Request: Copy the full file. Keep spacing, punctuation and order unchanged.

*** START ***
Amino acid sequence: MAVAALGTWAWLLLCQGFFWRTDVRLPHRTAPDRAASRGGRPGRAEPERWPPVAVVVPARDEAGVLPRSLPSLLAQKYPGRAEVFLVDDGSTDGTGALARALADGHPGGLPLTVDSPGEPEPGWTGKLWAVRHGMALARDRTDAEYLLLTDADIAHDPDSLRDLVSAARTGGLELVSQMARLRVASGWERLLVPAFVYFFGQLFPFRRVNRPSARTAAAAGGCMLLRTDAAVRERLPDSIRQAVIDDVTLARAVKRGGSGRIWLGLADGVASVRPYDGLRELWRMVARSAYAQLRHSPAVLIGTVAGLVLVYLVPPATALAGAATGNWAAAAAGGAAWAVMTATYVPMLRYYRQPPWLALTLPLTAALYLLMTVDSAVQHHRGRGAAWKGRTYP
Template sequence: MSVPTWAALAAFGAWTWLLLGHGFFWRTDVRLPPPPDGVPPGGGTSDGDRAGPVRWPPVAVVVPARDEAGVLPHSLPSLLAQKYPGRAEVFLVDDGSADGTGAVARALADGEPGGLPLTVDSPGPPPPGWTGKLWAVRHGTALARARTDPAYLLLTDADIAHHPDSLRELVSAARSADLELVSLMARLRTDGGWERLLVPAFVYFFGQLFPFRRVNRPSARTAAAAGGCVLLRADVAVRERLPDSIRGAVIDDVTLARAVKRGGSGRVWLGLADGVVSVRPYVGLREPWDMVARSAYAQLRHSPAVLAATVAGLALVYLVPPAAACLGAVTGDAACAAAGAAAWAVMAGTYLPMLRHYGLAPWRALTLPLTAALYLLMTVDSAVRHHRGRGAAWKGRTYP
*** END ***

Amino acid sequence: MAVAALGTWAWLLLCQGFFWRTDVRLPHRTAPDRAASRGGRPGRAEPERWPPVAVVVPARDEAGVLPRSLPSLLAQKYPGRAEVFLVDDGSTDGTGALARALADGHPGGLPLTVDSPGEPEPGWTGKLWAVRHGMALARDRTDAEYLLLTDADIAHDPDSLRDLVSAARTGGLELVSQMARLRVASGWERLLVPAFVYFFGQLFPFRRVNRPSARTAAAAGGCMLLRTDAAVRERLPDSIRQAVIDDVTLARAVKRGGSGRIWLGLADGVASVRPYDGLRELWRMVARSAYAQLRHSPAVLIGTVAGLVLVYLVPPATALAGAATGNWAAAAAGGAAWAVMTATYVPMLRYYRQPPWLALTLPLTAALYLLMTVDSAVQHHRGRGAAWKGRTYP
Template sequence: MSVPTWAALAAFGAWTWLLLGHGFFWRTDVRLPPPPDGVPPGGGTSDGDRAGPVRWPPVAVVVPARDEAGVLPHSLPSLLAQKYPGRAEVFLVDDGSADGTGAVARALADGEPGGLPLTVDSPGPPPPGWTGKLWAVRHGTALARARTDPAYLLLTDADIAHHPDSLRELVSAARSADLELVSLMARLRTDGGWERLLVPAFVYFFGQLFPFRRVNRPSARTAAAAGGCVLLRADVAVRERLPDSIRGAVIDDVTLARAVKRGGSGRVWLGLADGVVSVRPYVGLREPWDMVARSAYAQLRHSPAVLAATVAGLALVYLVPPAAACLGAVTGDAACAAAGAAAWAVMAGTYLPMLRHYGLAPWRALTLPLTAALYLLMTVDSAVRHHRGRGAAWKGRTYP